Emphasizing on safety as well as comfort, the bikes carry only one passenger at a time, stress the need for the use of helmets and are integrating first aid boxes into their on-the-go- service packages.
Also, with the fast-developing attitude towards technology-driven companies and the growth of the ride-hailing industry, Lagosians are increasingly embracing this movement option, thanks to the approaches used by these startups who have also won the favor of investors.
In a related issue, many customers (passengers) of existing bike-hailing startups – GoKada especially – have complained about the indefinite and sometimes ridiculous pricing. Either the riders are running operations independent of their apps or they are needlessly inflating prices.
Given the fact that everything is digitally arranged, motorcyclists and passengers should not be negotiating prices. Some riders have even reportedly refused to take passengers to some certain areas for unspecified reasons.
While this information is not generalistic, it does throw light on the reality that ORide is starting off in Lagos with a good price statement. By offering NGN 100 rides across the city, they could be telling passengers that they’re entering the ride-sharing market with financial integrity, one very different from what previously existing biking companies seem to be practicing. As is obvious, Lagosians are complaining, not only about GoKada, but Max as well.
GoKada and co have held their own, and the discrepancies on both platforms is probably not the fault of the management teams. But ORide is doing something they aren’t – giving discounts and winning customers.
In terms of ease of use, the ORide app seems to blow that of GoKada and Max out of the water, since the former is based on a fintech solution known as OPay which customers can use to get free coupons and carry out other transactions. There have been reports of technical issues on the GoKada mobile.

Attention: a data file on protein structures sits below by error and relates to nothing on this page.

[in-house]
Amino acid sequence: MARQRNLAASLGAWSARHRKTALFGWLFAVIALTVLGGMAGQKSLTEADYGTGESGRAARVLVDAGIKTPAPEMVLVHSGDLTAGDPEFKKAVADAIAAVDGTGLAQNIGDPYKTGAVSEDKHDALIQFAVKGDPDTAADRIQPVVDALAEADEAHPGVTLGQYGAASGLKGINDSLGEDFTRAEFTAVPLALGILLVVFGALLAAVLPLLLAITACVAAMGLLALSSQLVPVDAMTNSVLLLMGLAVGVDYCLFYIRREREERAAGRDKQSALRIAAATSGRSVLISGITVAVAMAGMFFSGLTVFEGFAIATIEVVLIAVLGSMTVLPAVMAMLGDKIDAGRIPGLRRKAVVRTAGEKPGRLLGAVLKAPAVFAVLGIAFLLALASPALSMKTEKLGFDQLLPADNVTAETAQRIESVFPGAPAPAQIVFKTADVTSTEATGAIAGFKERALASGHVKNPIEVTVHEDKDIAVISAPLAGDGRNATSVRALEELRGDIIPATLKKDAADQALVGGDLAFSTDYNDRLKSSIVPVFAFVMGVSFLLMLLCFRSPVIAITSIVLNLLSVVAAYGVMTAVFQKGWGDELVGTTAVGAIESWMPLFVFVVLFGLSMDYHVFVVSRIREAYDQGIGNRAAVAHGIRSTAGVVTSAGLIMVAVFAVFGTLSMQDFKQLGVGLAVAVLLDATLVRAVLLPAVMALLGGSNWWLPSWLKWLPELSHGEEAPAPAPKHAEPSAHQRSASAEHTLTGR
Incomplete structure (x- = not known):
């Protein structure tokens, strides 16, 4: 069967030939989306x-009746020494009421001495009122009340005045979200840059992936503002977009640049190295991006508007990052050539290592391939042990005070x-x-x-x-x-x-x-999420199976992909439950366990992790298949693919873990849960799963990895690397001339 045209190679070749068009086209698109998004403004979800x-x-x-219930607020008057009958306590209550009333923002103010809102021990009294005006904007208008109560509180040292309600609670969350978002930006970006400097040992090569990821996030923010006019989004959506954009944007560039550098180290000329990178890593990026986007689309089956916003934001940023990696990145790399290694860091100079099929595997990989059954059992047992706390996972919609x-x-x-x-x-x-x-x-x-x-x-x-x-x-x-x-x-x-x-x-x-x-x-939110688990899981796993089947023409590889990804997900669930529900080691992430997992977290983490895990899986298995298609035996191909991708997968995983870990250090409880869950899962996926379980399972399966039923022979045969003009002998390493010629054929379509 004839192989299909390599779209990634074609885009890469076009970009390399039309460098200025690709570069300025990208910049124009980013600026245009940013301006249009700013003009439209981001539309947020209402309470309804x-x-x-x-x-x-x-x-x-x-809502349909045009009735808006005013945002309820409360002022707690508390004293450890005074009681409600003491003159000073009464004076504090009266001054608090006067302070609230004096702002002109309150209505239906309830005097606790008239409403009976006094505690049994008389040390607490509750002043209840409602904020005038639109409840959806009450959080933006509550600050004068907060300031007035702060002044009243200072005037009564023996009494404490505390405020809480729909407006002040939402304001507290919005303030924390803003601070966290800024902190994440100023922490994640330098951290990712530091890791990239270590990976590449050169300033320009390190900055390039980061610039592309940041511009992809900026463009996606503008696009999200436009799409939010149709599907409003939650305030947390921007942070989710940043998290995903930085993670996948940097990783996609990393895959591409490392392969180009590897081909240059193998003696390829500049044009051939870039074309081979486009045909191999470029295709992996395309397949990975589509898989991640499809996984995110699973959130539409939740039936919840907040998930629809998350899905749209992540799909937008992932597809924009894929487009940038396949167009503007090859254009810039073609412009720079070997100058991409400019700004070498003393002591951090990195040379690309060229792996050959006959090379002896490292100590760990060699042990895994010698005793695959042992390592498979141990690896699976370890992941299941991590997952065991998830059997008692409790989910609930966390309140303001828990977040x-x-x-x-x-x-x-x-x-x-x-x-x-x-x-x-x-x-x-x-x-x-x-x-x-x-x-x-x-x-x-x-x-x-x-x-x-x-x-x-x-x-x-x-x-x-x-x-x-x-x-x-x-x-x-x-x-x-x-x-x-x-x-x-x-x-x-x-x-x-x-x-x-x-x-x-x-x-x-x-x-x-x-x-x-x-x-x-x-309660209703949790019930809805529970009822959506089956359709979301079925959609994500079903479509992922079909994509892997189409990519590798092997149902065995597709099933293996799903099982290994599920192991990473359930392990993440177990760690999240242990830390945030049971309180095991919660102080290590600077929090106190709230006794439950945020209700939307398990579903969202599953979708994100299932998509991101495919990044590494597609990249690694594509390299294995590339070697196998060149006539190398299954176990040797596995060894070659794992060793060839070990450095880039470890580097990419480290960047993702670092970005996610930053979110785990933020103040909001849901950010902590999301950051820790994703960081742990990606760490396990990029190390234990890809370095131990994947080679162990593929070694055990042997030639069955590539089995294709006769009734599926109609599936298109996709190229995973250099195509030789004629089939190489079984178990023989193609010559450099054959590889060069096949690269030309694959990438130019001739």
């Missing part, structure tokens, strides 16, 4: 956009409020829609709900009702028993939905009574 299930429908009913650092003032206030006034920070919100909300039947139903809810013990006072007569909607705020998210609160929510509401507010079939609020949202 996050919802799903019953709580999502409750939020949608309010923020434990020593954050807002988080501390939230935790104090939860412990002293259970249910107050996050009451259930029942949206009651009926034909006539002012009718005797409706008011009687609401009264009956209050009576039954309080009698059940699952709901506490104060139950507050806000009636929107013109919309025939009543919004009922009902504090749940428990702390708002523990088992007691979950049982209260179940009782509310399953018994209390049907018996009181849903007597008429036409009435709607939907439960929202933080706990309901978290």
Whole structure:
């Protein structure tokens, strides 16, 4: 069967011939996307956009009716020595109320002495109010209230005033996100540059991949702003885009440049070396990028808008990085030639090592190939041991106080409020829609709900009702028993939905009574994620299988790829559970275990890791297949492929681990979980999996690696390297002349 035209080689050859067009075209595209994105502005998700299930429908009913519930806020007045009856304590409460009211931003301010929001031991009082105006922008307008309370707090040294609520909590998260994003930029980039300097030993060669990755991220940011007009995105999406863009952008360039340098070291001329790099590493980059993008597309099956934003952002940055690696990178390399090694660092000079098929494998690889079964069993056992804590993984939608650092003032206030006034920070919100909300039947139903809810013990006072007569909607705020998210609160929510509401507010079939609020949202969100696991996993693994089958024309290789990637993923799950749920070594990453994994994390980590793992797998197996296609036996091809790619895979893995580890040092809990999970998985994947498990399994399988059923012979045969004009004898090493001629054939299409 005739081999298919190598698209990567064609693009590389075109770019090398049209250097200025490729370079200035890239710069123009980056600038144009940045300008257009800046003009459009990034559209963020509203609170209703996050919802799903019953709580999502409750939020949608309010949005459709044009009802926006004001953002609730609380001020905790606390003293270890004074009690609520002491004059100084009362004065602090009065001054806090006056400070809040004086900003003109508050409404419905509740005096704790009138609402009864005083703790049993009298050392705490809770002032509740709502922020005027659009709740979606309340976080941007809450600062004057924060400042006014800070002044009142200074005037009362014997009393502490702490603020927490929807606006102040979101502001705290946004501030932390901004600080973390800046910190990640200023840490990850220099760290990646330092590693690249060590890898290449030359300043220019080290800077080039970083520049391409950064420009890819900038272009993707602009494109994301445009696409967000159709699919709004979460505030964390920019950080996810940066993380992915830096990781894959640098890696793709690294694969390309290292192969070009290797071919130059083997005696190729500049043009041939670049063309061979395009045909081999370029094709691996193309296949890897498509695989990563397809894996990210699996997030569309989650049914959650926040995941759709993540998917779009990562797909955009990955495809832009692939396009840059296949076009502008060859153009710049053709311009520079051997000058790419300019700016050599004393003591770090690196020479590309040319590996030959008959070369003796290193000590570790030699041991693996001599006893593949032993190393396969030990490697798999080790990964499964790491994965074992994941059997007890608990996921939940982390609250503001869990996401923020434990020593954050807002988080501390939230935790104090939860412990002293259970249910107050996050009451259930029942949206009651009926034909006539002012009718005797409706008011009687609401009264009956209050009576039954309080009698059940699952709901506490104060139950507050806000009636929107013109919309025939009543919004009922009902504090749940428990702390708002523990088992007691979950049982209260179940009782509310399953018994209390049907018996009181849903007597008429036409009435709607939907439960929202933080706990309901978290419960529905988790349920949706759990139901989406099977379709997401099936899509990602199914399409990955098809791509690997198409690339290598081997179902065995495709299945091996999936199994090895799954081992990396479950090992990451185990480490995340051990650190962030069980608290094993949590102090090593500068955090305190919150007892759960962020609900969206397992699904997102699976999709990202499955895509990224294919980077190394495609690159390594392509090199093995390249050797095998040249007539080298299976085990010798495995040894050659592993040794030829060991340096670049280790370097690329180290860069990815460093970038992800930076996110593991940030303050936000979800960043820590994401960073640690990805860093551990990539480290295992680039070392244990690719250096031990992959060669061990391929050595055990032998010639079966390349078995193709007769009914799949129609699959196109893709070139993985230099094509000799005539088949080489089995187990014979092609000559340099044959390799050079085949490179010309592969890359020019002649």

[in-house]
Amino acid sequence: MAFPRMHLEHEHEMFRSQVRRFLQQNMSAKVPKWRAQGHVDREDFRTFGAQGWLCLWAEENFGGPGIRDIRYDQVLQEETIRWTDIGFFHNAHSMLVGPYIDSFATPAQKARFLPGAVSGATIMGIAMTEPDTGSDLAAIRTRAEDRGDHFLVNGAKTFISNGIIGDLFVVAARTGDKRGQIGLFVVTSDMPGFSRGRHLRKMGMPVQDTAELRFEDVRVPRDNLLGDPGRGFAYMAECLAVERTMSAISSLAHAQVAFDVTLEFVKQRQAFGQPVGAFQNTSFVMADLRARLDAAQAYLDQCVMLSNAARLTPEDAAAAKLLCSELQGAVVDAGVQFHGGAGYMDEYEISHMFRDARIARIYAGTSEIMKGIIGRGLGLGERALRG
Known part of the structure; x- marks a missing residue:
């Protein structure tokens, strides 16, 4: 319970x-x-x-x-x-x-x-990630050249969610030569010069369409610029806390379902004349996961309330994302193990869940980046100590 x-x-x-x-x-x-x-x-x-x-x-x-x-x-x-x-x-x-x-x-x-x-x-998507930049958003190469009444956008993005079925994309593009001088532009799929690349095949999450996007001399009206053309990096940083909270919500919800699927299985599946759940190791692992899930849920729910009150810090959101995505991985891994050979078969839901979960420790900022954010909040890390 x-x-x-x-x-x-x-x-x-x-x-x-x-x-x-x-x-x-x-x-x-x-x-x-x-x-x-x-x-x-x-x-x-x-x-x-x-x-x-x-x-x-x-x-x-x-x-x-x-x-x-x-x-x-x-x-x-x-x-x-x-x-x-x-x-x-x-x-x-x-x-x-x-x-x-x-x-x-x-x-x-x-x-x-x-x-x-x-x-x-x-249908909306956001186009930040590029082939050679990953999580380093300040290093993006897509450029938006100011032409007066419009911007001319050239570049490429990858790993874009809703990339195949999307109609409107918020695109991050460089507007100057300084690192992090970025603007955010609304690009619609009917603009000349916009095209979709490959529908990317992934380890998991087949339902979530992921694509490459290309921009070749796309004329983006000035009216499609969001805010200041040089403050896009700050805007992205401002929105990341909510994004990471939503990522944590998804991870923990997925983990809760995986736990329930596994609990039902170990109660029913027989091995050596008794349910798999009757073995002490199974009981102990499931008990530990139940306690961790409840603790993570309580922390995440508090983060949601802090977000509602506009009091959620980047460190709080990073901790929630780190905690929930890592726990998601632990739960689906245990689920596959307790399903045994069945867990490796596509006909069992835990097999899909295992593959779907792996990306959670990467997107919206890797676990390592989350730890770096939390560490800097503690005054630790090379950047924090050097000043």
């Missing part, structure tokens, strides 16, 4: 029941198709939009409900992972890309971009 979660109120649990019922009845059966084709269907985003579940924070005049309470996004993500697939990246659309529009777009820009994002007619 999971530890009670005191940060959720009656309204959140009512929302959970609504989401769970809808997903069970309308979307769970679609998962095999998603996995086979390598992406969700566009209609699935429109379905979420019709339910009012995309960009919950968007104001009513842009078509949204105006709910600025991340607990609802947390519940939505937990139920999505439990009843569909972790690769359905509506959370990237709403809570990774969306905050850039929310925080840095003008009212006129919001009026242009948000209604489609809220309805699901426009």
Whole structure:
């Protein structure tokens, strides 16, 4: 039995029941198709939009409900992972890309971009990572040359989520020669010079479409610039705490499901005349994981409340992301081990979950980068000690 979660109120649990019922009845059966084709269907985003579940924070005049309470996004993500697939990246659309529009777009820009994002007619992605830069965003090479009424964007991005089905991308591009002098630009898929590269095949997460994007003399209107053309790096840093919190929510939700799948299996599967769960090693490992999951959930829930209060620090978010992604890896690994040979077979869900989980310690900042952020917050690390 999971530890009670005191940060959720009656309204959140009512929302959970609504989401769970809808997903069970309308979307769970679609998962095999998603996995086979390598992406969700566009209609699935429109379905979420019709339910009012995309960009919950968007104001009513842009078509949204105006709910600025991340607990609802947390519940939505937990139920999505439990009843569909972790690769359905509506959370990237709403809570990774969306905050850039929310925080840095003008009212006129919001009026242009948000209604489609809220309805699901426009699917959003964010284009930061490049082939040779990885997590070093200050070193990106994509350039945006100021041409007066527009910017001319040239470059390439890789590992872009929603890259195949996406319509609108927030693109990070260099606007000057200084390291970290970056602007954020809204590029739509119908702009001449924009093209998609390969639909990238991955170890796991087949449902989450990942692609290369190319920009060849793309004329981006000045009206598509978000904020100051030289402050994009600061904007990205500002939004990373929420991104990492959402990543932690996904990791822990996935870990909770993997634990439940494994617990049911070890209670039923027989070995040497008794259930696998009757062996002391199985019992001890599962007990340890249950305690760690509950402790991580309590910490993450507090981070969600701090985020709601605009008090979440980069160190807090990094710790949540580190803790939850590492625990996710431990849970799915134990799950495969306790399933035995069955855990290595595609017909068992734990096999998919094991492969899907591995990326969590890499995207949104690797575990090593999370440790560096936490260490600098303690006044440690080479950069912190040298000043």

Max, an early ride-hailing startup contrived by two MIT alumni, currently has more than 1,000 motorcyclists and has completed more than 850,000 trips since it launched. Rivaling GoKada also boasts ore more than 1,000 riders to its services.
Aside from this, the bike-hailing sub-sector in attracting increased funding for different sets of reasons. GoKada recently banked USD 5.3 Mn in a Series A round mainly steered by the Rise Capital. The investment-related narrative from the firm was that it was going to expand its services within Lagos – not outside, and perhaps never.
Before GoKada’s fundraiser, Uganda’s SafeBoda announced an investment believed to be significant by millions as part of its intentions to expand into Lagos. ORide, who launched in May, has set-aside funding that could be in excess of USD 140 Mn. Max.ng has also received a total of USD 1.1 Mn in funding, and of these investments suggest the fierce battle going on in Africa’s largest city.
According to the National Bureau of Statistics, only 747 motorcycles were involved in road accidents in Nigeria in the last quarter of 2018, a period in which most road mishaps occur in the country, reportedly or superstitiously because of the “ember” festivities. In the same quarter, 1,312 saloon cars and 821 minibusses were involved in road accidents, while 460 trucks and 182 trailers did the same.
Most Lagosians are either driving saloon cars or taking the public minibus option. Given the safer nature of bikes over the two, customers are likely to take the two-wheeler. To be clear, this is a city where the use of motorcycles was banned, precisely in October 2017. But given the unrelenting traffic problem and the innovation obtainable, okadas could not remain under for long.
According to Goldman Sachs, the ride-hailing industry will balloon to USD 285 Bn by 2030. Vying to digitize a share of Africa’s market share, two-wheel transport startups represent a collective revenue pool of USD 4 Bn, which this TechSci study says is going to double to USD 9 Bn by 2021.